Posted Monday, July 31, 2023 by Team Northwoods

Change Champions: The Key to Modernizing Human Services Technology

You may have heard the adage “technology projects are people projects.” This is because when your human services agency embarks on a modernization initiative, the technology itself isn’t what drives the change. People do. If workers aren’t willing to open their minds or change their habits, the technology won’t provide value and your agency won’t realize the intended return on investment. To be successful, you have to lead with change from start to finish.

Our change management guide for human services covers best practices and proven strategies to help agencies embrace organizational change and ease the journey when adopting new technology. Putting people at the center of every phase of the project is one of the keys to success. Keep reading for some tips on how to align people, processes, and technology to drive meaningful change.

Divider in Northwoods blog on change management in human services

The Important Role of Internal Change Champions

Technology is just a tool unless you can align and integrate it with your business to achieve success. Even if the organization is managing the rollout, everyone has a role to play in making it successful. After all, changing a business process requires individual changes on the part of every worker impacted. Here’s how champions can help lead this effort during the various stages of a technology implementation:

Before the project starts:

Workers may not be too thrilled to learn that “another system” is coming their way, so you need champions to help them overcome their skepticism and embrace the opportunity. They can help connect the dots between the new tool and everyone’s personal why—the purpose, cause, or belief that drives them. If someone can’t see how a change directly connects with that “why,” it’ll be very difficult, if not impossible, to get them on board.

While the project is ongoing:

Champions can reinforce your goals, value, and desired outcomes for the new tool—here’s what we’re doing and why we’re doing it. From planning and design to implementation and training, they can spearhead efforts to regularly provide updates, so everyone feels involved. Champions also help ensure the expectations that have been communicated at the leadership level get passed down the line.

Immediately after the project is complete:

During the project, your technology vendor or training team will lead the way—communicating what’s going to happen and collaborating with you on how to get there. But what happens when they leave? If no one is there to keep pushing things forward, you’re more likely to revert to your old ways. Champions can help sustain the initial energy and excitement, provide coaching and mentorship, and hold staff accountable.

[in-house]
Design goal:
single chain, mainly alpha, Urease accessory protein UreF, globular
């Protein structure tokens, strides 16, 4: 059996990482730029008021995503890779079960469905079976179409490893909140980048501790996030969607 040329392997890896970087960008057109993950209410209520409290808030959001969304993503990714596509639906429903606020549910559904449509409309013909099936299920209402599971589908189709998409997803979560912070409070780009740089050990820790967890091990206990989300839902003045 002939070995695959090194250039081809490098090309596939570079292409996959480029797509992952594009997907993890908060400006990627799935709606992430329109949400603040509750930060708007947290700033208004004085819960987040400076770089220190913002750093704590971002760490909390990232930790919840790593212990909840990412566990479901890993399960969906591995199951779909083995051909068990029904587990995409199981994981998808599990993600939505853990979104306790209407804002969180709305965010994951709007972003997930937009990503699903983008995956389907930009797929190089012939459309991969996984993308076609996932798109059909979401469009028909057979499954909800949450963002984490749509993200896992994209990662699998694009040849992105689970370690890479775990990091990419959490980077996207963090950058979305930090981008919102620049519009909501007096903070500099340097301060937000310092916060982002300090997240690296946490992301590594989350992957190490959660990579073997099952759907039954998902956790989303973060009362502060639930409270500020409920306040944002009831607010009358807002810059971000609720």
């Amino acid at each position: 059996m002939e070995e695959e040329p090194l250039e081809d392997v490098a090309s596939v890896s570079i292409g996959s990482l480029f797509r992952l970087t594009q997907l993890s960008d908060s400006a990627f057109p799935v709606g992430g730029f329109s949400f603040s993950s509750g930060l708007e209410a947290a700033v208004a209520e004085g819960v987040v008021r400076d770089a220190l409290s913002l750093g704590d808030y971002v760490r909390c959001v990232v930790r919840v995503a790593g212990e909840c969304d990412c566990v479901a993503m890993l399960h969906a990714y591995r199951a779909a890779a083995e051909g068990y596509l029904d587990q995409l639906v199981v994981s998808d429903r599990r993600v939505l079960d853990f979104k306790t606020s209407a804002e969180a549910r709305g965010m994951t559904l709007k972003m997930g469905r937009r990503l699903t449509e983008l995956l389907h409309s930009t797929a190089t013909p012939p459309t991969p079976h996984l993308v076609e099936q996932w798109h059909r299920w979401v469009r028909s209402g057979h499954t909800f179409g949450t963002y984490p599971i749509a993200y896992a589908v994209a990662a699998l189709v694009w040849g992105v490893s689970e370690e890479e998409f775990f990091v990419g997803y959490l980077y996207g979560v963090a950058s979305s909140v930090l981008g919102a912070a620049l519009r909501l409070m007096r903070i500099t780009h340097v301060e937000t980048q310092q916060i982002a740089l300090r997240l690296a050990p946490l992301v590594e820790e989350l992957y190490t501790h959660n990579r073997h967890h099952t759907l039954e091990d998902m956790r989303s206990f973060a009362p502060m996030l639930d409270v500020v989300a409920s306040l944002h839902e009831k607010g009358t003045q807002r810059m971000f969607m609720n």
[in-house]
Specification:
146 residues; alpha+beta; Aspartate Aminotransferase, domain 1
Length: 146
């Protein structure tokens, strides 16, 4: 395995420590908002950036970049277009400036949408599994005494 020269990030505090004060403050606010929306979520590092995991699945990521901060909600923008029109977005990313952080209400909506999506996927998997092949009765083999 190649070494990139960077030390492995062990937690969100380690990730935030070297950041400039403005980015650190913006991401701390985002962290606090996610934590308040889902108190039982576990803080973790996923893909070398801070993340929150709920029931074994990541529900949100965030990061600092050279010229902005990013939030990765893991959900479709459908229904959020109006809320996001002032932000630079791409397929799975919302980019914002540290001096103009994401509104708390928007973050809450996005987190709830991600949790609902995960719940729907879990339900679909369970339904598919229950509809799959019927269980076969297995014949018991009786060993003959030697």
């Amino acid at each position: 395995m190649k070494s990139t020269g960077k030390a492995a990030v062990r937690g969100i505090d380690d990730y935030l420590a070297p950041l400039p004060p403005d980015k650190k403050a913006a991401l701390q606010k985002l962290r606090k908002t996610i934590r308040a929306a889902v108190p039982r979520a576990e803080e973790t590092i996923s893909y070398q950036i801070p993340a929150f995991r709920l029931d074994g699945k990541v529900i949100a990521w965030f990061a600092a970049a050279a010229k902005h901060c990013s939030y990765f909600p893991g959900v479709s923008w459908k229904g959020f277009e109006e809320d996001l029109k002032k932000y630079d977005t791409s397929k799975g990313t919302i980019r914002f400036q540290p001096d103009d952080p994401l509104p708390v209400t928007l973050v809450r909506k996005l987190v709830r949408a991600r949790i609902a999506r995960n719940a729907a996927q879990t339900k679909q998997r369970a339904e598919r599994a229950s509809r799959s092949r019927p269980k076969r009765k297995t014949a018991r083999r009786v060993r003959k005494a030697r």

In the future:

Months or even years after a project ends, champions will continue to play a key role in creating space for workers to share their experiences, troubleshoot issues, and voice concerns. They also make sure everyone has the resources and support they need to continue moving forward with the technology as agency processes or policies change.

Divider in Northwoods blog on change management in human services

Identifying the Right Individuals to Lead Technology Projects

You know it’s critical to have the right people involved to make and maintain agencywide change, but how do you determine who should lead and support these efforts? We’ve been helping agencies embed technology for 20 years and counting, and we’ve learned some valuable lessons along the way.



  • Do include various internal roles and departments to help promote the change within your organization to ensure things go smoothly as you adopt the new tool.
  • Do include supervisors, as they’re not too far removed from the frontlines and have similar firsthand experience as workers. They can encourage and model adoption.
  • Do select individuals who communicate well, are respected by their peers, work well under pressure, and respond positively to change.
  • Do include staff who see the value to be gained from technology. They are likely to support the journey from the very beginning and will become your most vocal advocates to help others seeking the same rewards.
  • Do have a plan for how you’ll transfer ownership if your team changes. Put measures in place to sustain your new processes without losing momentum if a champion leaves the agency or needs to shift focus to another project.
  • Don’t overlook support staff, community partners, or other business units in the agency that will be impacted by the process that’s changing with technology, even if they’re not directly involved.
  • Don’t put the sole burden on leadership. They may set the expectations and determine success measures, but you need people across all levels of the organization to participate.
  • Don’t default to the people who have the most time available. If they don’t bring the right energy to the project, they’re not the right person to lead the initiative.
  • Don’t overlook people who have been hesitant to embrace change in the past. They could quietly spread seeds of doubt if they don’t feel heard. It also carries a lot of weight with staff if this person responds positively to the new tool.
  • Don’t overburden your champions, or you’ll cause them to burn out. As much as they’re supporting the rest of the agency, you need to support them too!

Divider in Northwoods blog on change management in human services

Technology continues to shape the future of human services in ways we never anticipated. But no matter how much things change, people will always remain the highest priority. View the guide, “Change Management 101: Empowering Human Services Agencies to Embrace Innovation,” for more advice on approaching change in a way that positively impacts clients, caseworkers, and your community.

New call-to-action